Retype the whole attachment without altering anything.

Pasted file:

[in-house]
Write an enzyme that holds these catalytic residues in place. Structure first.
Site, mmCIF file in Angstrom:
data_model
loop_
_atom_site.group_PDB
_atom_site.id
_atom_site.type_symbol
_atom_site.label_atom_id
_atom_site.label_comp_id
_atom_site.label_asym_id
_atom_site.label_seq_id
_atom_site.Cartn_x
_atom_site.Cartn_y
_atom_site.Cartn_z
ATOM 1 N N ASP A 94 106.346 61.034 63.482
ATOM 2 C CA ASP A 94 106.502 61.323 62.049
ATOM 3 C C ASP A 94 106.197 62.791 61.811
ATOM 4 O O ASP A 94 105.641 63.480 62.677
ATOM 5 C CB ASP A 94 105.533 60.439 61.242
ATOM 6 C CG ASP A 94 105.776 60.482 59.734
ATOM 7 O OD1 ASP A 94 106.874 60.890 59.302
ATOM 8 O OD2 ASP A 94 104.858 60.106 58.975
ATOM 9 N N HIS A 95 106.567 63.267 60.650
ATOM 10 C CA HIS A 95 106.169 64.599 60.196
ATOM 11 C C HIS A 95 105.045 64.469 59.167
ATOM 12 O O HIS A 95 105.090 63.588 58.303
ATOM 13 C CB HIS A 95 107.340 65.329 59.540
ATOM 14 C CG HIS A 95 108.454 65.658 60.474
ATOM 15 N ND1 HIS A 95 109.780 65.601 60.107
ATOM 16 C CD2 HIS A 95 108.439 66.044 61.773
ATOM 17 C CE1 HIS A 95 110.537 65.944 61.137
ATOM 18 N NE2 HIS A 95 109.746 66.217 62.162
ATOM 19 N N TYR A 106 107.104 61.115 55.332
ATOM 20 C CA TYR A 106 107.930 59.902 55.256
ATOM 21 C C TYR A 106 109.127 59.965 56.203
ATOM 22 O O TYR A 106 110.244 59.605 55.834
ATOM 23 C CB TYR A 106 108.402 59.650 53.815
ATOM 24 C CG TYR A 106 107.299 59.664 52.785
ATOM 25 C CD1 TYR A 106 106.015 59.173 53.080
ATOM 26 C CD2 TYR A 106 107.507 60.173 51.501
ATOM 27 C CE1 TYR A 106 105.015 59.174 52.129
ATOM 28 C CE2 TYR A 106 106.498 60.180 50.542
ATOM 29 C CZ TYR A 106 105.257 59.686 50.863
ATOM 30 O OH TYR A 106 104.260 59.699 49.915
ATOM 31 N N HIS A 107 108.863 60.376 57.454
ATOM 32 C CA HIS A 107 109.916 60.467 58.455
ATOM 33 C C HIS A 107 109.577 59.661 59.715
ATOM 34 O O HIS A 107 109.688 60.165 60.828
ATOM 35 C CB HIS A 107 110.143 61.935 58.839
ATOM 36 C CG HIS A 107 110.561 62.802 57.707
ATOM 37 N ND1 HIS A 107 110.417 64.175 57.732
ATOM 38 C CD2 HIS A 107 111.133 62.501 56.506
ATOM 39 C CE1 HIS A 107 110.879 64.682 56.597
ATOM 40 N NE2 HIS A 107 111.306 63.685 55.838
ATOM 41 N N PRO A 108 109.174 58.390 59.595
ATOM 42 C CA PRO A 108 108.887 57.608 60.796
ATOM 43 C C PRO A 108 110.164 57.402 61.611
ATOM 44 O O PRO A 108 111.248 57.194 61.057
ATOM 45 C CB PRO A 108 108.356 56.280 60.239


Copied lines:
[in-house]
Write an enzyme that holds these catalytic residues in place. Structure first.
Site, mmCIF file in Angstrom:
data_model
loop_
_atom_site.group_PDB
_atom_site.id
_atom_site.type_symbol
_atom_site.label_atom_id
_atom_site.label_comp_id
_atom_site.label_asym_id
_atom_site.label_seq_id
_atom_site.Cartn_x
_atom_site.Cartn_y
_atom_site.Cartn_z
ATOM 1 N N ASP A 94 106.346 61.034 63.482
ATOM 2 C CA ASP A 94 106.502 61.323 62.049
ATOM 3 C C ASP A 94 106.197 62.791 61.811
ATOM 4 O O ASP A 94 105.641 63.480 62.677
ATOM 5 C CB ASP A 94 105.533 60.439 61.242
ATOM 6 C CG ASP A 94 105.776 60.482 59.734
ATOM 7 O OD1 ASP A 94 106.874 60.890 59.302
ATOM 8 O OD2 ASP A 94 104.858 60.106 58.975
ATOM 9 N N HIS A 95 106.567 63.267 60.650
ATOM 10 C CA HIS A 95 106.169 64.599 60.196
ATOM 11 C C HIS A 95 105.045 64.469 59.167
ATOM 12 O O HIS A 95 105.090 63.588 58.303
ATOM 13 C CB HIS A 95 107.340 65.329 59.540
ATOM 14 C CG HIS A 95 108.454 65.658 60.474
ATOM 15 N ND1 HIS A 95 109.780 65.601 60.107
ATOM 16 C CD2 HIS A 95 108.439 66.044 61.773
ATOM 17 C CE1 HIS A 95 110.537 65.944 61.137
ATOM 18 N NE2 HIS A 95 109.746 66.217 62.162
ATOM 19 N N TYR A 106 107.104 61.115 55.332
ATOM 20 C CA TYR A 106 107.930 59.902 55.256
ATOM 21 C C TYR A 106 109.127 59.965 56.203
ATOM 22 O O TYR A 106 110.244 59.605 55.834
ATOM 23 C CB TYR A 106 108.402 59.650 53.815
ATOM 24 C CG TYR A 106 107.299 59.664 52.785
ATOM 25 C CD1 TYR A 106 106.015 59.173 53.080
ATOM 26 C CD2 TYR A 106 107.507 60.173 51.501
ATOM 27 C CE1 TYR A 106 105.015 59.174 52.129
ATOM 28 C CE2 TYR A 106 106.498 60.180 50.542
ATOM 29 C CZ TYR A 106 105.257 59.686 50.863
ATOM 30 O OH TYR A 106 104.260 59.699 49.915
ATOM 31 N N HIS A 107 108.863 60.376 57.454
ATOM 32 C CA HIS A 107 109.916 60.467 58.455
ATOM 33 C C HIS A 107 109.577 59.661 59.715
ATOM 34 O O HIS A 107 109.688 60.165 60.828
ATOM 35 C CB HIS A 107 110.143 61.935 58.839
ATOM 36 C CG HIS A 107 110.561 62.802 57.707
ATOM 37 N ND1 HIS A 107 110.417 64.175 57.732
ATOM 38 C CD2 HIS A 107 111.133 62.501 56.506
ATOM 39 C CE1 HIS A 107 110.879 64.682 56.597
ATOM 40 N NE2 HIS A 107 111.306 63.685 55.838
ATOM 41 N N PRO A 108 109.174 58.390 59.595
ATOM 42 C CA PRO A 108 108.887 57.608 60.796
ATOM 43 C C PRO A 108 110.164 57.402 61.611
ATOM 44 O O PRO A 108 111.248 57.194 61.057
ATOM 45 C CB PRO A 108 108.356 56.280 60.239